Last week at the ICO’s Data Protection Practitioners Conference, there was much discussion of IC025, the regulator’s recently published draft action plan for the coming three years. Consultation is ongoing, with the finalised plan to be in operation from October 2022.
A priority for the first year will be safeguarding and empowering the public, particularly the most vulnerable groups (such as children) through a better understanding of how their information is used and can be accessed.
At the same time, the ICO aims to bring down the burden and cost of compliance for organisations.
Proposed free resources for businesses
Among its proposals to achieve this, before October 2023, the ICO plans to launch a database which publishes recommendations it has made following audits, investigations, or complaints. Anonymous case studies will be available online, providing examples of improved practice and best or good practice.
The ICO will also host an online forum for organisations to discuss questions about data protection compliance and standards, in acknowledgment of the value of knowledge-sharing and networking. It is hoped this resource, moderated by the ICO, will bring together experts and support organisations.
Other free resources likely to be welcomed by businesses include making available a range of ICO templates and ‘off the shelf’ products to help organisations develop their own proportionate accountability or privacy management programmes.
In particular, the ICO aims to provide improved support for SMEs with a range of ‘data essentials’ training and development modules and products which “will enable them to publicly demonstrate their capability and commitment to the essential components of responsible data use.”
Some new proposals might not be welcomed. Increasingly, subject access requests (SARs) are a headache for organisations. With a view to safeguarding and empowering the public, the ICO are developing a ‘Subject access request generator’ to help people identify where their personal information may be held and how to request it in ways which will assist organisations to respond effectively. This tool will generate a template SAR individuals can send to an organisation, and at the same time the organisation will receive information from the ICO which, it claims, will help respond quickly and simply to the SAR.
Artificial Intelligence (AI): discrimination and human rights implications?
Another concern identified as a priority for the regulator is AI (Artificial Intelligence) driven discrimination. The ICO indicates it will be investigating concerns over the use of algorithms to sift recruitment applications, which could be negatively impacting the employment opportunities of those from diverse backgrounds.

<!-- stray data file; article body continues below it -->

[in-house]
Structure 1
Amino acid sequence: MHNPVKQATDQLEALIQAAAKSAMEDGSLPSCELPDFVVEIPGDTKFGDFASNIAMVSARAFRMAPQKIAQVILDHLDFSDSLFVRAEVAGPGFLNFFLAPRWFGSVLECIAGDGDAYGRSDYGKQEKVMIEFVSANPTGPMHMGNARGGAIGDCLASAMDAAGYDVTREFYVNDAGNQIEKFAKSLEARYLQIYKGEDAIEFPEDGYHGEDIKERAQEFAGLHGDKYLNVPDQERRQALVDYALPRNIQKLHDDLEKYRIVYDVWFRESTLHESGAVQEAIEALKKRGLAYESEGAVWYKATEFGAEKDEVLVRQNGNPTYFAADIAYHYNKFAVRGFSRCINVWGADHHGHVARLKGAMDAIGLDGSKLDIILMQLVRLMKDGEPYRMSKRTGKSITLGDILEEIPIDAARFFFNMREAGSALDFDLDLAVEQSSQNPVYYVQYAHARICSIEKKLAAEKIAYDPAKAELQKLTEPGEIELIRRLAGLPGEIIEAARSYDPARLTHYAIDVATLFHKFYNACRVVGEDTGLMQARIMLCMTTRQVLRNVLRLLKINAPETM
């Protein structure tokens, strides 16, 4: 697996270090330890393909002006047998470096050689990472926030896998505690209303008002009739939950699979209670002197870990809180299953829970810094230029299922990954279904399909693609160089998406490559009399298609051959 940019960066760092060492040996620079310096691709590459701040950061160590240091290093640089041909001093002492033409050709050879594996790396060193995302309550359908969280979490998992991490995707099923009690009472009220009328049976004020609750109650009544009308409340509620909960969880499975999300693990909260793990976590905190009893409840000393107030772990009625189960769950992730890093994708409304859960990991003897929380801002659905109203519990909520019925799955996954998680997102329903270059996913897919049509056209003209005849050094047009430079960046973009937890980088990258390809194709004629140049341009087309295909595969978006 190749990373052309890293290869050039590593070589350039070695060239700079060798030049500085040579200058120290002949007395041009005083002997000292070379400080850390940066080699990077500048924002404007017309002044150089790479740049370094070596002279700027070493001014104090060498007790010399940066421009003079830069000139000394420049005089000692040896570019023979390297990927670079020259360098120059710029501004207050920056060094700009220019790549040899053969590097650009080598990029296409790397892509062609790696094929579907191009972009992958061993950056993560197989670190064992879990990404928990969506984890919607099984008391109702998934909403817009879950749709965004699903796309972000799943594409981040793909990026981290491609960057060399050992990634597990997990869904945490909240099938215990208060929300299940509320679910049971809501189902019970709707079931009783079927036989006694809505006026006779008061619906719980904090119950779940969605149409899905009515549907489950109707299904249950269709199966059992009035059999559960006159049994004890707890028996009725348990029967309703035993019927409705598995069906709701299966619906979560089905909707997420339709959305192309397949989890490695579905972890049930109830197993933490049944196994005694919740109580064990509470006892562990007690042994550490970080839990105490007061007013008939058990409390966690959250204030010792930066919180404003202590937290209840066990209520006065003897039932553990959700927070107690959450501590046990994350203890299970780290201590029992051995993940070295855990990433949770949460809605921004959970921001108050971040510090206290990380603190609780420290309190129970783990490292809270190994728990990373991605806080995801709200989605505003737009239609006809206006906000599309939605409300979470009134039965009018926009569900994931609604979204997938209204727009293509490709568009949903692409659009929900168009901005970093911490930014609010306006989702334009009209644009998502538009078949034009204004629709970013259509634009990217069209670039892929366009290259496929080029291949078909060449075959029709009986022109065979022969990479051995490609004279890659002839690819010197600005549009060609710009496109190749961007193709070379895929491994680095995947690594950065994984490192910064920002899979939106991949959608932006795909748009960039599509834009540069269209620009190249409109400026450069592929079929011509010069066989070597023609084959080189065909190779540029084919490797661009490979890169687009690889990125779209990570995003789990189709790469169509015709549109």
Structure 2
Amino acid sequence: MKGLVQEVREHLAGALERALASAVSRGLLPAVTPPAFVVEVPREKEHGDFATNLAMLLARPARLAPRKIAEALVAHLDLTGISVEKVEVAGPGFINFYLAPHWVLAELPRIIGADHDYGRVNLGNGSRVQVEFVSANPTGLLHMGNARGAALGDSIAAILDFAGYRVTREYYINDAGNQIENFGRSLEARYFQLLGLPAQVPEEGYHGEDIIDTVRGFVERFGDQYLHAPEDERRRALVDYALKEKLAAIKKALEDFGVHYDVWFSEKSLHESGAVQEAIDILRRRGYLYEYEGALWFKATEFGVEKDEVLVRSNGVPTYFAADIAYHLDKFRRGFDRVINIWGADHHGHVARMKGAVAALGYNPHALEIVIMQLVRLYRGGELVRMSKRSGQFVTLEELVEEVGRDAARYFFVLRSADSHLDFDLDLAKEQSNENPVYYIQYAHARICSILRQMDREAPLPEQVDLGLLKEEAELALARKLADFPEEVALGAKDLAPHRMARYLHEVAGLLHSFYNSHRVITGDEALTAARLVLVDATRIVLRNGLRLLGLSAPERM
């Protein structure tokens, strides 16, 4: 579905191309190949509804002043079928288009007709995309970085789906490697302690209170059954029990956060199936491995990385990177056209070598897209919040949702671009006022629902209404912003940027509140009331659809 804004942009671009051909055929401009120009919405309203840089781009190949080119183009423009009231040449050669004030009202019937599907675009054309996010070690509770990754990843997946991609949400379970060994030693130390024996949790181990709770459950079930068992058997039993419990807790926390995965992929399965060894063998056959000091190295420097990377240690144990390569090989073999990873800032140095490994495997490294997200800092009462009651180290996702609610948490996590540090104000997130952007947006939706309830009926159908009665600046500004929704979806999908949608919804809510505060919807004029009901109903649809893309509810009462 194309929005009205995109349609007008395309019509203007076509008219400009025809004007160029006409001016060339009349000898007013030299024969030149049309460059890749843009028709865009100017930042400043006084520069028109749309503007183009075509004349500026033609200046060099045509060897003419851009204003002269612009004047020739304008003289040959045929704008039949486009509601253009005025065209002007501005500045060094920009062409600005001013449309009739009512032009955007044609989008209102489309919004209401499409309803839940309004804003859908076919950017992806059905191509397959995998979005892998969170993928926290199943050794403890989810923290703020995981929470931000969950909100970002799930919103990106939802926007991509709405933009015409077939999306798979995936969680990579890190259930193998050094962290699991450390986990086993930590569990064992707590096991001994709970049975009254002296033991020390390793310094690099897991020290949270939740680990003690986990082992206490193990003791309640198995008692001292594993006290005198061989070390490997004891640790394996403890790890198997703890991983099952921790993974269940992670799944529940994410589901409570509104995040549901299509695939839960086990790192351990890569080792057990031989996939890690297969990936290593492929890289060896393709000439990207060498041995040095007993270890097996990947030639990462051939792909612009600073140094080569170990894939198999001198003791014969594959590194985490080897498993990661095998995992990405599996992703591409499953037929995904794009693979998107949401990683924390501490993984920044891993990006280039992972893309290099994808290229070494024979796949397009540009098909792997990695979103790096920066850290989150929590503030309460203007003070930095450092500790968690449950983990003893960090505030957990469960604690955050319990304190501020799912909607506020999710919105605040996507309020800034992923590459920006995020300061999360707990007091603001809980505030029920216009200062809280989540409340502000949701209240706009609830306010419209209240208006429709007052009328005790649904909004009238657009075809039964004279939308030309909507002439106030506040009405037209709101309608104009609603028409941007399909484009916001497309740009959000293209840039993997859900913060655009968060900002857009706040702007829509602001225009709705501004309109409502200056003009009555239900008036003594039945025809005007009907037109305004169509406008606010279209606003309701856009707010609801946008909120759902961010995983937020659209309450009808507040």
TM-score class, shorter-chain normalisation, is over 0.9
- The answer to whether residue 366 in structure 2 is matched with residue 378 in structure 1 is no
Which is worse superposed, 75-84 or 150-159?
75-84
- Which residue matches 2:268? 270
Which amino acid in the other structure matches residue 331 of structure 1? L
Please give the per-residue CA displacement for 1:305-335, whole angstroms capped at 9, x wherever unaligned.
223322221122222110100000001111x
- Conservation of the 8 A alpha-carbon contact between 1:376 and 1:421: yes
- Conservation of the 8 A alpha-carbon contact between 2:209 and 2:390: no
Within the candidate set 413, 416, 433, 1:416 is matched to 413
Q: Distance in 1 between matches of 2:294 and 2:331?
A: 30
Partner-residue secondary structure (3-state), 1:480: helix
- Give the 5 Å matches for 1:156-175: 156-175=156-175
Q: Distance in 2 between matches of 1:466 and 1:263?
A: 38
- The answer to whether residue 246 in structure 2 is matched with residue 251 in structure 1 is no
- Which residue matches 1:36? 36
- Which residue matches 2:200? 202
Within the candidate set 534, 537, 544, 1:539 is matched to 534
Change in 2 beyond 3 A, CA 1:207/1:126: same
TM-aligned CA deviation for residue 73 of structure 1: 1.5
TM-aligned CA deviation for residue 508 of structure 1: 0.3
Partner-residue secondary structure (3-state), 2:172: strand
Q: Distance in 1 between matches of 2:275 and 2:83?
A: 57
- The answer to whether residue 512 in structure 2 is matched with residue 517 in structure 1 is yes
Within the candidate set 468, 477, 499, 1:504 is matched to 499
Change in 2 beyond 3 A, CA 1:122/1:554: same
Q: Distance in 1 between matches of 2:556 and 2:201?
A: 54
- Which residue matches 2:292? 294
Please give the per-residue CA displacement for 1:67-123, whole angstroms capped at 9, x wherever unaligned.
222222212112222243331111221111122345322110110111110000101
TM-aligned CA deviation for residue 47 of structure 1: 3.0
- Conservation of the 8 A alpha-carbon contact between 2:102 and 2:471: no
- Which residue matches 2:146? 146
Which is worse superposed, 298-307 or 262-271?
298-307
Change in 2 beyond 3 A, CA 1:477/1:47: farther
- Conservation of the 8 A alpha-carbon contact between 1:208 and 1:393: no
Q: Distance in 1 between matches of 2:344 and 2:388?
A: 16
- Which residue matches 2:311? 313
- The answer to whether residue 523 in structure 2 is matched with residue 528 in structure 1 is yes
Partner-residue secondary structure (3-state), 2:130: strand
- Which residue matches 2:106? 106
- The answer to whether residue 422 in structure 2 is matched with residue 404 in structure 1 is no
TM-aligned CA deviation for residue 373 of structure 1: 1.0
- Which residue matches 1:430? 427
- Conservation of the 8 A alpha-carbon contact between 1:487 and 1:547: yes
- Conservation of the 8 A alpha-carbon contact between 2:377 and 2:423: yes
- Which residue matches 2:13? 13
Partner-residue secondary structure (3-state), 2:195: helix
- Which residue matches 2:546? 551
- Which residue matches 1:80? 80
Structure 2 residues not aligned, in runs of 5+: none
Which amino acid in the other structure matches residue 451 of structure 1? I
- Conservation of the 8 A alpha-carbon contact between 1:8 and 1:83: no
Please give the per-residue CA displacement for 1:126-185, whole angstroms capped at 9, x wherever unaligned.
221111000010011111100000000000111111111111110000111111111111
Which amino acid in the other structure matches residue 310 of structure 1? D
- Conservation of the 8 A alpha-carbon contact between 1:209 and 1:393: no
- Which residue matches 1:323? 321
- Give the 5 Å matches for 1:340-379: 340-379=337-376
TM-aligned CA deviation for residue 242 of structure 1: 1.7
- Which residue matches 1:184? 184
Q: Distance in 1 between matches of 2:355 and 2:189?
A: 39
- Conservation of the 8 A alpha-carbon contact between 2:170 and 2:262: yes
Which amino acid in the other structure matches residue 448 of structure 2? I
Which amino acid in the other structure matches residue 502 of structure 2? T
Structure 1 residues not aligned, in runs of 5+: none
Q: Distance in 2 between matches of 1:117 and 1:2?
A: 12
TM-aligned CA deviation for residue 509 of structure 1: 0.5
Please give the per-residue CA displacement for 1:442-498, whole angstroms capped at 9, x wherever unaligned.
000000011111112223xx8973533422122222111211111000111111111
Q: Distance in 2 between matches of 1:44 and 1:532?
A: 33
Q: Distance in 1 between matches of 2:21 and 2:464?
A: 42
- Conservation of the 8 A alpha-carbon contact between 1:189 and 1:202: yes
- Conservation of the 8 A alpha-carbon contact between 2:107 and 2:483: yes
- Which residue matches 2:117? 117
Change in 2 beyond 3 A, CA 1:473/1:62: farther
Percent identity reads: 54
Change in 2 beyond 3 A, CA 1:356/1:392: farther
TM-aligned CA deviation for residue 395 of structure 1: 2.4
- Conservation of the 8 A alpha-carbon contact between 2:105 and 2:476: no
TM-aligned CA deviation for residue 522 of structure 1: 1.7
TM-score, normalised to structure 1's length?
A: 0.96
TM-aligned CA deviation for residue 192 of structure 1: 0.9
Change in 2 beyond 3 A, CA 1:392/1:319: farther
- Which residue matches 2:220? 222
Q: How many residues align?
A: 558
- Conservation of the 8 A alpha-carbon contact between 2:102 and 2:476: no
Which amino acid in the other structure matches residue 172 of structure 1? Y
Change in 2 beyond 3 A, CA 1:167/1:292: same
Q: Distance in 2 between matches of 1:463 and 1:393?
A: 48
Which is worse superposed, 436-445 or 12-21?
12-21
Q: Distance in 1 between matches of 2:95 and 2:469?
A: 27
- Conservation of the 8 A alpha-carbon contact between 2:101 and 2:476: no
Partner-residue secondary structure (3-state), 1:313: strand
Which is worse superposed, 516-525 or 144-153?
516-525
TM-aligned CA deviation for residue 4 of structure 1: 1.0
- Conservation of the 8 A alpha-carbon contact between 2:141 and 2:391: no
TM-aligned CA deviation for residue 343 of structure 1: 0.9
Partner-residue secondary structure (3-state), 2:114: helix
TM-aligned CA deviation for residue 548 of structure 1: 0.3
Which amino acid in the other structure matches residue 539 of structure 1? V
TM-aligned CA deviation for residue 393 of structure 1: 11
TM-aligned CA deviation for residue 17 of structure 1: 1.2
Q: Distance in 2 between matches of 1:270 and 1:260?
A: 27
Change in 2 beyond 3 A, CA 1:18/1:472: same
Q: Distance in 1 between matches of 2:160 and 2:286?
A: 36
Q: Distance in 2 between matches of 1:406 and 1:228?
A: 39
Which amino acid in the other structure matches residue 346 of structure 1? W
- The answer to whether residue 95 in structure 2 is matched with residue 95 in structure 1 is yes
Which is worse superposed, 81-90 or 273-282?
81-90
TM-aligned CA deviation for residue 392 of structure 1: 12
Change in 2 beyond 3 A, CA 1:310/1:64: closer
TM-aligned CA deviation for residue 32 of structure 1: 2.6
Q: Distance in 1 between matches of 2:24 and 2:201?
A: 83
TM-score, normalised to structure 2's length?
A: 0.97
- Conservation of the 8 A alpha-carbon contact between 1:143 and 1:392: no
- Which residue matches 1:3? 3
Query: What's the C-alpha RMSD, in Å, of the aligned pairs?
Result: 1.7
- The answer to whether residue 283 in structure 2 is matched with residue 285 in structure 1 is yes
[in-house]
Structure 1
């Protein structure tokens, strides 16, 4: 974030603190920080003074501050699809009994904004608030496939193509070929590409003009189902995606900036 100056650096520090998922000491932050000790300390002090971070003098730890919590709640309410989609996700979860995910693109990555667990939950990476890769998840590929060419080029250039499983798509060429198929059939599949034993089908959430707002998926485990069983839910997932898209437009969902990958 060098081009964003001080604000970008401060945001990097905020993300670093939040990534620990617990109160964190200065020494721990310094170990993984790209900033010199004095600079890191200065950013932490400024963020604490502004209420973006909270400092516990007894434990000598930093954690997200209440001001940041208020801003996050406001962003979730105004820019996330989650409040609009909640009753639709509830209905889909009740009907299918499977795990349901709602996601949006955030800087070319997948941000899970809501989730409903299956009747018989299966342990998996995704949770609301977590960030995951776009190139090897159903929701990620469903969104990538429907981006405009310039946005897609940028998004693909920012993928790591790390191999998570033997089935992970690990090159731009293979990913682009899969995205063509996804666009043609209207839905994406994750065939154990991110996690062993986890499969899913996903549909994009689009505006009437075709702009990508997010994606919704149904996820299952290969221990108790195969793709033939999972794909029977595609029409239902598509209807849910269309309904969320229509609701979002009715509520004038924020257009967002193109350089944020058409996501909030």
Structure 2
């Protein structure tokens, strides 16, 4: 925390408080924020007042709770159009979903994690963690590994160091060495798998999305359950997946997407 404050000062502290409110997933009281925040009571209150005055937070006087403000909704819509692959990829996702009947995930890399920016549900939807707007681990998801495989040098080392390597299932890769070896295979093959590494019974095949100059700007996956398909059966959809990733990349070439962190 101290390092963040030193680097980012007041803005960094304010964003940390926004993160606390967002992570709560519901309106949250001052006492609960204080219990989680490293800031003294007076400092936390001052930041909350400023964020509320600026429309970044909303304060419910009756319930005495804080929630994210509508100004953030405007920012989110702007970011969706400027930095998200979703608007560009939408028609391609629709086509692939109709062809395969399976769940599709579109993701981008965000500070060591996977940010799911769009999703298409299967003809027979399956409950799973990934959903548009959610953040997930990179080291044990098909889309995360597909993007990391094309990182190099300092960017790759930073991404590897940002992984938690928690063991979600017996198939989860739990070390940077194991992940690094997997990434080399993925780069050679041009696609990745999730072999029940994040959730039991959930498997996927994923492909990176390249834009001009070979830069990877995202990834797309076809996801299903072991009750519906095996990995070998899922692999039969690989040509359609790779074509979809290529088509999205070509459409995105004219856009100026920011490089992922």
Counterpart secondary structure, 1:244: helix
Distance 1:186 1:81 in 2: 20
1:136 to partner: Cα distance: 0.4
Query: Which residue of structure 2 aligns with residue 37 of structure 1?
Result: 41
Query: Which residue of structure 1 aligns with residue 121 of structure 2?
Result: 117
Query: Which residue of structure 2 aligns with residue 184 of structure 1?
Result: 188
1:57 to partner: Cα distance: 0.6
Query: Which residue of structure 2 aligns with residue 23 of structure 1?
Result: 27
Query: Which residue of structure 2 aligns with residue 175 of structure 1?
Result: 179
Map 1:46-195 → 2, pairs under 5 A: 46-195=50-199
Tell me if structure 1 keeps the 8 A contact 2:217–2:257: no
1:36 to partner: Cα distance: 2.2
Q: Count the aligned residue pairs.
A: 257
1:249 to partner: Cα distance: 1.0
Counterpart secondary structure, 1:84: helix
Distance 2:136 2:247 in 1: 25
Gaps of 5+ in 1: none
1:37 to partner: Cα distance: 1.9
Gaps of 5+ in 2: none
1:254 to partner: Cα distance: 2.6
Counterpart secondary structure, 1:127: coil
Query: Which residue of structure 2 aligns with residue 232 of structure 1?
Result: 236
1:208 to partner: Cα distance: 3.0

Chief Executive of the Equalities and Human Rights Commission, Marcial Boo, who participated in ICO conference panel discussions, explained how both regulators want to improve awareness of how the Equality Act 2010 and the UK’s Human Rights Act apply to use of personal data in relation to automated decision making and new digital software for recruitment. In addition, he flagged that while digital platforms have the potential to improve equality of opportunity, there must be increased awareness of how making services digital by default risks exclusion and less favourable treatment of some of those with protected characteristics such as age and disability.
The ICO plans to set out its expectations in refreshed guidance for AI developers to ensure algorithms treat people and their information fairly, and in addition establish a platform (iAdvice) to offer early support for innovators in this sector.
New ICO guidance ‘in the pipeline’
As expected in the coming year there will be new ICO guidance for organisations. They propose to publish a ‘guidance pipeline’ online and we are to expect a programme of guidance reviews in response to forthcoming legislative reforms, which of course will include the new Data Protection and Digital Information Bill when it becomes law. (It has been placed before Parliament and its second reading is scheduled for 5th September).
Three to watch:
- Given the new Bill involves adjustments to the Privacy and Electronic Communication Regulations (PECR) there is certain to be updated guidance on direct marketing.
- Attendees at the conference had a preview of the new ICO guidance on Transfer Impact Assessments, relevant to some international transfers of personal data by UK organisations, and it is expected this guidance will become over the summer.
- Finally, of great interest to all those HR and employment law practitioners is the ICO proposal to launch an employment practices hub, following on from last year’s consultation on updating the ICO’s Employment Practices Code.